Board approves continued CLASP research

There was an element of show-and-tell at Thursday’s meeting when the board honored the Claremont AfterSchool Program (CLASP) for winning the Golden Bell Award.

The award, presented by the California School Boards Association to programs that demonstrate exemplary support of learning and teaching that is ongoing and sustainable, comes in the form of an actual oversized metal bell. When CLASP president Teddie Warner and her staff were beckoned to the dais in acknowledgement of the accolade, Superintendent Jim Elsasser and a few board members took a moment to give it a resounding ring.

“I’m not sure who coined the phrase ‘stability in motion,’ but it perfectly describes what you do,” said Mr. Llanusa. “You provide stability for our children and you’re always in motion, finding new ways and people to do it.”

CLASP offers academic and emotional support to some 150 children at risk of falling through the cracks in the educational system. Three days a week, the kids, who are in second through sixth grade, head to the program for an hour of help with their schoolwork, a hour of recreation and a healthy snack.

If the Golden Bell Award acknowledged the uniqueness of the program, which is volunteer-driven, Jack Mills, PhD of Choice Point Applied Research is seeking to demonstrate its statistical effectiveness. Last year, the board approved a research proposal from Mr. Mills, allowing him to collect student data in order to analyze the impact of participation in CLASP on academic achievement and other student outcomes such as attendance.

Mr. Mills shared some promising data in the form of a 3 percent gain in English Language Arts proficiency among CLASP participants, and asked that he be allowed to continue the study another year.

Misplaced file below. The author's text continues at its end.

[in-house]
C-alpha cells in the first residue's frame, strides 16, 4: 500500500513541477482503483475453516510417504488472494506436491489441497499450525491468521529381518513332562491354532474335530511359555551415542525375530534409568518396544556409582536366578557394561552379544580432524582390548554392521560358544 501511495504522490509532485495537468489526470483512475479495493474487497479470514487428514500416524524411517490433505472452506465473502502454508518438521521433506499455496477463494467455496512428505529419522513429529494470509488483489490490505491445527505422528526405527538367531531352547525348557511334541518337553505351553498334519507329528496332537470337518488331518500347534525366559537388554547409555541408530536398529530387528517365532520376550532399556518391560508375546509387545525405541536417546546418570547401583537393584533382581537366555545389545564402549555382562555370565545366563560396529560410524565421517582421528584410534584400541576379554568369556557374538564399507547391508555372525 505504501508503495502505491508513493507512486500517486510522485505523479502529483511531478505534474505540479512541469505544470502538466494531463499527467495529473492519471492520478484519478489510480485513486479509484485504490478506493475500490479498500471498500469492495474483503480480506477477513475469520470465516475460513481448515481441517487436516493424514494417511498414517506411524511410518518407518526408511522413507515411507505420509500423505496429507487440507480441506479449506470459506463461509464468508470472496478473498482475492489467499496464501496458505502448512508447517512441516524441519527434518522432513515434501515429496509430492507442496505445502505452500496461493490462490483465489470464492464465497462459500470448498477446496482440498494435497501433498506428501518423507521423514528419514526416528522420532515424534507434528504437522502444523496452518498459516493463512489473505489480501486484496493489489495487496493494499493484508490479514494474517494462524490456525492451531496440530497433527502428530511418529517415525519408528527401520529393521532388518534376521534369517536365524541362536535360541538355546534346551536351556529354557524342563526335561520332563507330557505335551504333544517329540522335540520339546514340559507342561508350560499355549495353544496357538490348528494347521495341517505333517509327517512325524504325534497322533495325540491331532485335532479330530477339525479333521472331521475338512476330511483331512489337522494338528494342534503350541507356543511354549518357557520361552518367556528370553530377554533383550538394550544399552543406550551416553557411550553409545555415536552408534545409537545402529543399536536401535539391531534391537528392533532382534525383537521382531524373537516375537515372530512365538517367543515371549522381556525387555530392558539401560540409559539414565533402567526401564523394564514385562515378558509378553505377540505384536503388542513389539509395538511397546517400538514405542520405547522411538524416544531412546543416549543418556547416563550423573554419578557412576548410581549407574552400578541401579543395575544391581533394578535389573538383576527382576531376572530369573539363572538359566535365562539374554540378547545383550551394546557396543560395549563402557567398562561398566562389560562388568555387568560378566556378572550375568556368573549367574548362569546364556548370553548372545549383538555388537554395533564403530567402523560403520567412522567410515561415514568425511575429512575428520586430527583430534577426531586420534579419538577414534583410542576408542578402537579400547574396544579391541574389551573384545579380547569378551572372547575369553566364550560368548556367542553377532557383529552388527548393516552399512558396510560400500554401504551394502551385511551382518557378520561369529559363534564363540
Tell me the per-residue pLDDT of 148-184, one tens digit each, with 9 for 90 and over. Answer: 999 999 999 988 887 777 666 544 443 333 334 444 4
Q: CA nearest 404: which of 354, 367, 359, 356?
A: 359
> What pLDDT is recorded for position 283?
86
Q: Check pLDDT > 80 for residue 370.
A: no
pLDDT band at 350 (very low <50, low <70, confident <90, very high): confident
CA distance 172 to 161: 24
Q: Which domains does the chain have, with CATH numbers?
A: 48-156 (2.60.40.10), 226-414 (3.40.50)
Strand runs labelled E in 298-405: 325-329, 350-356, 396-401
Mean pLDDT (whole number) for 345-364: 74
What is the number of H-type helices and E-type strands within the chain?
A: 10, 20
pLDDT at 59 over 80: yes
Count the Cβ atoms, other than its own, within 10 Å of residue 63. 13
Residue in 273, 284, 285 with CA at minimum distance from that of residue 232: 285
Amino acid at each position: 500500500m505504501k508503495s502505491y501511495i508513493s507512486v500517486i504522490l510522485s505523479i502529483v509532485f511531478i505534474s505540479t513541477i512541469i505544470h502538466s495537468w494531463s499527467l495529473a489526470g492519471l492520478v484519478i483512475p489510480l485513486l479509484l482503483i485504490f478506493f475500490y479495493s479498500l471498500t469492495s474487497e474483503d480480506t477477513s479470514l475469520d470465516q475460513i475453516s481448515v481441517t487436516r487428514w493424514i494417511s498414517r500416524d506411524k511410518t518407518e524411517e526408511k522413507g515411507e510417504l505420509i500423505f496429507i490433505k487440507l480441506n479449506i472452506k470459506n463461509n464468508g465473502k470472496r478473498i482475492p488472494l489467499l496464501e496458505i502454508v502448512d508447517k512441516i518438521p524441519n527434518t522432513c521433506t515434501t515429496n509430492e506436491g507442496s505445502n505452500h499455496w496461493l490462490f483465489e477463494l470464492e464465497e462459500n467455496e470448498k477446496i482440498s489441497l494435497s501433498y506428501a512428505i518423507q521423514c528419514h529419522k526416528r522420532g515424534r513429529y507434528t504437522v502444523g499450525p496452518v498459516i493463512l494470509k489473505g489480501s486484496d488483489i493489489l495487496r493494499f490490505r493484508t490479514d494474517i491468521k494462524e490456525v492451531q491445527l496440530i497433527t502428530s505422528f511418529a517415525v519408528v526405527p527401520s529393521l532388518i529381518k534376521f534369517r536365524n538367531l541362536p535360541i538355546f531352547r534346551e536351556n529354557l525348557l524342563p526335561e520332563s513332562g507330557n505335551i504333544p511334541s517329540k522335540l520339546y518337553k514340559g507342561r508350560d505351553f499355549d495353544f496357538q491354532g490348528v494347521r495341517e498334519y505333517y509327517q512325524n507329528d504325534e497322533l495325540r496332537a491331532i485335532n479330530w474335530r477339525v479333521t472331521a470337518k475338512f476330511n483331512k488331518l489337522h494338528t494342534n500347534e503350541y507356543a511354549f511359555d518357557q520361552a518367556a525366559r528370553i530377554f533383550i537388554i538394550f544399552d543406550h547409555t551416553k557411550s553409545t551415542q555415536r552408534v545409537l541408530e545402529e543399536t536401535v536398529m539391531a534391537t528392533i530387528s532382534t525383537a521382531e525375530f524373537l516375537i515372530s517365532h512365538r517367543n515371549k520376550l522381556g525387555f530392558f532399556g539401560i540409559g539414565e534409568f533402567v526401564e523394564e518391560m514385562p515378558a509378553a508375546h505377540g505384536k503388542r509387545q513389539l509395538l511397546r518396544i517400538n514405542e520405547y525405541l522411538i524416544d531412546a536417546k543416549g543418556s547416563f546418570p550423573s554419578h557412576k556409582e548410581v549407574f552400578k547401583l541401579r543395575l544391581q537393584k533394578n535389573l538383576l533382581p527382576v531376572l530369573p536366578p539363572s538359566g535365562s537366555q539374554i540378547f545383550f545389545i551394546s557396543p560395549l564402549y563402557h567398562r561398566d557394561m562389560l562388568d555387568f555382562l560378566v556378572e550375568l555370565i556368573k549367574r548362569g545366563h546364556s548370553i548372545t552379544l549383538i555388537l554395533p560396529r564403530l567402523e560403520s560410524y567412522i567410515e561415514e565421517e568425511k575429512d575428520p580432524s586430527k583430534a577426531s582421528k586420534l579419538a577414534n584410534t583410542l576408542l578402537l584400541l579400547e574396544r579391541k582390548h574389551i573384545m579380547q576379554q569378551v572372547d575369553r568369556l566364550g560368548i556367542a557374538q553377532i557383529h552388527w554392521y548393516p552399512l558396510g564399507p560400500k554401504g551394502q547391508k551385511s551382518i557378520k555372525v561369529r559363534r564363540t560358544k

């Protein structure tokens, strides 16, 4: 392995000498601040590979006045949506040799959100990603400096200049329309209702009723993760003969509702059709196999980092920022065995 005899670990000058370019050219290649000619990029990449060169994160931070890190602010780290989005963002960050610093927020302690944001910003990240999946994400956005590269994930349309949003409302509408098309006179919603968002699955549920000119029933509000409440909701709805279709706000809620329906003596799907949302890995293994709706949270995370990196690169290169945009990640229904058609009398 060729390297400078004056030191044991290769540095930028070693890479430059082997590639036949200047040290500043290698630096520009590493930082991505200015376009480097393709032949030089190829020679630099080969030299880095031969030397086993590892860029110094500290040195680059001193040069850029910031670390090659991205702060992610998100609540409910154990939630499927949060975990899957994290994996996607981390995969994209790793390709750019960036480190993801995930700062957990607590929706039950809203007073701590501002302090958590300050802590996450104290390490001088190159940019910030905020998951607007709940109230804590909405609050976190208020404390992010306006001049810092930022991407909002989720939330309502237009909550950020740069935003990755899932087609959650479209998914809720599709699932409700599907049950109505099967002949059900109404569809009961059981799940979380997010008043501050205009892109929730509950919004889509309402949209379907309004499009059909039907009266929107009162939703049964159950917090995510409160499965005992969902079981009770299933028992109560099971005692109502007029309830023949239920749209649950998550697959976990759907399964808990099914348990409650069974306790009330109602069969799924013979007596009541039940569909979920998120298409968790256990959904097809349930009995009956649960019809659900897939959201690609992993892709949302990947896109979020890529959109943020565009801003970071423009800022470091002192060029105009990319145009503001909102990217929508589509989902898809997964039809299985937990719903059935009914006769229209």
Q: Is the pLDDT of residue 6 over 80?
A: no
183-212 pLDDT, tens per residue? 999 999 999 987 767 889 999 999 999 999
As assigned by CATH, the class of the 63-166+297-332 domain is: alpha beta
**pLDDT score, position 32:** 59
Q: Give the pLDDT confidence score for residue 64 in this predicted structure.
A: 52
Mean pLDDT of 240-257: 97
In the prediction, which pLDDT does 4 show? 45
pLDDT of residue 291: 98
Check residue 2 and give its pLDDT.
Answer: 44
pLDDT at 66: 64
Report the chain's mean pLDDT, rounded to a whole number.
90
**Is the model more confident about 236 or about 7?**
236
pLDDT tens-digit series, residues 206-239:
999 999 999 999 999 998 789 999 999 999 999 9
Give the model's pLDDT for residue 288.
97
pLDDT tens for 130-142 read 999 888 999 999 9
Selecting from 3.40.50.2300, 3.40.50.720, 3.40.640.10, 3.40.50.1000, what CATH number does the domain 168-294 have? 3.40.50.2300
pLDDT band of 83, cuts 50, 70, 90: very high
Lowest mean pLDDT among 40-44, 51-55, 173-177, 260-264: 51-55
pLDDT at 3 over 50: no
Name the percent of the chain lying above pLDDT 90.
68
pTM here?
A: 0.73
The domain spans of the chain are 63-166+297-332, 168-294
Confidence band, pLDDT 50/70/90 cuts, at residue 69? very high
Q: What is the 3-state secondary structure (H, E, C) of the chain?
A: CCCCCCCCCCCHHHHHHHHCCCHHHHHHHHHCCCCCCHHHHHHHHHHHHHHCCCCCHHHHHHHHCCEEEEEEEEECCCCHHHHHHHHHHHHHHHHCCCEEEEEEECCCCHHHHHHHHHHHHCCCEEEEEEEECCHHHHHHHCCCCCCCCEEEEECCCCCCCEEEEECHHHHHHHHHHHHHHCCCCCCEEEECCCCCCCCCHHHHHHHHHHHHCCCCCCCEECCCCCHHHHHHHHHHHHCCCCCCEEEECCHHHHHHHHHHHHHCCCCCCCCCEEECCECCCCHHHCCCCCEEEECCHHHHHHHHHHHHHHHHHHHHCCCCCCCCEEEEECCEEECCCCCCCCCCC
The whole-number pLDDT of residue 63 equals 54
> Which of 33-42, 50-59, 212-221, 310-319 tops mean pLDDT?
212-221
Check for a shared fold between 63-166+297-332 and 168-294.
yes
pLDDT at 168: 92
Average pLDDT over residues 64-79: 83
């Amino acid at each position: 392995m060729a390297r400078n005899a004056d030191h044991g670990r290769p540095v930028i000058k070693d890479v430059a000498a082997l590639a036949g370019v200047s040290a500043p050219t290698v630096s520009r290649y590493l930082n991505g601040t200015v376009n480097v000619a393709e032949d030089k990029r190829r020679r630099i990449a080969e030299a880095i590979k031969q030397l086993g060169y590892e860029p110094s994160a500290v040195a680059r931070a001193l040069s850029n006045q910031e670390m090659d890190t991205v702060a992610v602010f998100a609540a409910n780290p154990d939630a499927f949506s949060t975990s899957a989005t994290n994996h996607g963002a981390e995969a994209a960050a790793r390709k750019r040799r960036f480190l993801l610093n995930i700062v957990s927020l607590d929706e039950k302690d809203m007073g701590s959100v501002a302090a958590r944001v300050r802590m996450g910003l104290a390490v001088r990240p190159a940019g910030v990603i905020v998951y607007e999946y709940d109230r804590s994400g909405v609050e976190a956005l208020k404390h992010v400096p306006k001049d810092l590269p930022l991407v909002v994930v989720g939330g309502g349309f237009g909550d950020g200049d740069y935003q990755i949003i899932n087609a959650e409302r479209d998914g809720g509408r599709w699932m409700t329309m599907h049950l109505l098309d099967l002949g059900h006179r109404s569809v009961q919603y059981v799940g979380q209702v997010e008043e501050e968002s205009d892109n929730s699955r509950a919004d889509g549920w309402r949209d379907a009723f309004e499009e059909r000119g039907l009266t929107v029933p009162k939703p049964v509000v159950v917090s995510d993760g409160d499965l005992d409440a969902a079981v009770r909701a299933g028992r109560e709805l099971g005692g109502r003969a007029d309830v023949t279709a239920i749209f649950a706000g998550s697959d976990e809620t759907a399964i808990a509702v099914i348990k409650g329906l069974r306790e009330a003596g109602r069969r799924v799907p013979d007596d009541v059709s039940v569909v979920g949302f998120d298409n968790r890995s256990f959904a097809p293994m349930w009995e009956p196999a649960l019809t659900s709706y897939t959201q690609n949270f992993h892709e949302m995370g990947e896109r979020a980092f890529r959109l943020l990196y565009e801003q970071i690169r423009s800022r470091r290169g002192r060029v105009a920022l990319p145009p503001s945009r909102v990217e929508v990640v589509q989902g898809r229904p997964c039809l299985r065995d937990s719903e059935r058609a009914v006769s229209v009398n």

This year, he hopes to evaluate students’ physical fitness as well as their academic achievement. Mr. Mills said he also hopes to remedy some weaknesses in his research methodology. For instance, last year, CLASP students were compared with students from similar ethnic and economic backgrounds. However, among the CLASP students, the study did not account for how many hours the students had participated in the program. One student, Mr. Mills noted, might have only attended 3 hours of instruction, while another may have participated in 100 hours of the program.

With his request approved, Mr. Mills hopes that next year, with a second round of research under his belt, he will be able to present findings that are more accurate, more thorough and which—given 2 years of study—are longitudinal.

A couple board members expressed regret that the study only used state testing to measure the progress of CLASP students as opposed to other factors like improved grades. Given the greater subjectivity of report cards, however, Mr. Mills said STAR scores represent the most uniform benchmark. The board thanked and congratulated Mr. Mills on his progress towards an ambitious and worthy goal.

Board thanks other contributors

The board also gave thanks to outgoing student board members, Maggie Elizalde of San Antonio High School and Maranatha Croomes of Claremont High, who have dedicated 2 evenings a month throughout the past semester to reporting on the activities of students at various Claremont schools. When each student was acknowledged by president Mary Caenepeel, she proved more adept at reading their names than former board president Mr. Stark.

“Tonight must be very special for you both, because it’s the first time your names have been pronounced correctly,” Mr. Stark joked.

The board also had praise for Sue Brannon, CUSD Purchasing Coordinor, whose leadership with regards to the district’s first-time participation in the American Express Purchasing Card Program, which netted the district an $11,224 rebate. The money was presented in person to the board by Christian Mendoza, manager of business development for American Express, in the form of an oversized check.

“Tonight, we have before you a feel-good item, which you don’t always get from me,” Ms. Lisa Shoemaker said.

Next year, it is likely that the rebate will be even greater, as staff throughout the district become more acquainted with how to best leverage the program, Ms. Shoemaker noted. “I think Sue is a great illustration of how every little effort counts,” she added.

—Sarah Torribio 



Submit a Comment

Share This